Luxury Everything

Last week, I had an awesome conversation with one of my favorite creators, Oren John (podcast will be out this week).

One of the best ideas that fell from the tree is what I call, luxury everything.

Society is primed to accept a luxury version in every category. 10x the price. 3x the quality.

We’ve seen this in typical luxury categories like handbags (Hermes), suitcases (Rimowa), planes (NetJets), watches (Audemars Piguet, Patek Philippe).

But we’re now also seeing it in commodity categories like shower heads (Jolie), cookware (Le Crueset), espresso machines (Breville), candles (Diptyque).

Consumers are willing to pay in excess because our current culture runs on status games.

One day, I’ll launch my own physical products company (for the sport of it).

And when I do, it’ll be designed around a single marketing principle (the most powerful flywheel in the today’s market).

The best products are ones where the viral loop comes from the status of owning the product.

There’s only one force more powerful than product quality…status.

Take Erewhon for example, a luxury, high-end grocery store chain in Los Angeles.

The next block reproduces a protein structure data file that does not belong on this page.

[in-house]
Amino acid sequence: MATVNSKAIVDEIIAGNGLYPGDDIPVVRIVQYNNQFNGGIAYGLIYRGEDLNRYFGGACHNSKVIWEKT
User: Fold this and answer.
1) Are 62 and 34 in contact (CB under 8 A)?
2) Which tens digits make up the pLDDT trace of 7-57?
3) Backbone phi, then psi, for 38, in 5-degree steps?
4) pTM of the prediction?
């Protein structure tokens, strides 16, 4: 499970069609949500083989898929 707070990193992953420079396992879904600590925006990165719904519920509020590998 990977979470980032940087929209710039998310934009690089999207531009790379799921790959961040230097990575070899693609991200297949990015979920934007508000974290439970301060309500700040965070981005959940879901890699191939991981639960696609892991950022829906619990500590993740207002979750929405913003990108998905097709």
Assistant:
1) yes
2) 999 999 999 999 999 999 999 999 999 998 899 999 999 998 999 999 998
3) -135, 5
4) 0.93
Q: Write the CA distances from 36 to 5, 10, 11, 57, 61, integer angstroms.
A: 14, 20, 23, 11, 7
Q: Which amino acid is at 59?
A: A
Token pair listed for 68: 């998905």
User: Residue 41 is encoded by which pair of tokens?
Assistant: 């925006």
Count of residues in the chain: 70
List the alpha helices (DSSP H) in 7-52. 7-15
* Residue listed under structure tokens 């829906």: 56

Erewhon is known for their smoothies, which they design in collaboration with celebrities/influencers like Hailey Bieber.

They sell them for $20…which for all intents and purposes, is a “luxury item” in the smoothie category.

Because the smoothie has embedded status in it, people order it so that they can post it on their IG…to unlock and capture that “status value.”

They get the smoothie (great product) plus the status.

This, of course, is driving a viral loop for Erewhon.

Their friends in the area see the smoothie, go to Erewhon, buy their own, and the cycle continues.

Commodity brands with great products only drive organic shares because of product quality or cult brand loyalty.

Luxury brands with great products drive organic shares because of product quality, cult brand loyalty, and embedded status.

Another example of this was the Apple Vision Pro.

The headset cost $4K, absurd for a first gen piece of hardware…but everybody who bought it, posted about it for weeks on social.

Why?

Because there was embedded social status in showing you could afford one.

There’s only two ways to create a product with embedded status:

  • A luxury brand (with a high price/quality bar)

  • A commodity brand (with scarce supply)

If you’re creating a brand, figure out how to tap into the status value, and you’ll have a infinite growth flywheel.

— — — — — — — — — — — — —

If you enjoyed this post and want more like it, you should subscribe to me weekly creator journal, Blueprint. Each week, I share metrics, ideas, frameworks, and experiments designed to supercharge your thinking about content & brand building in the modern age.

Luxury Everything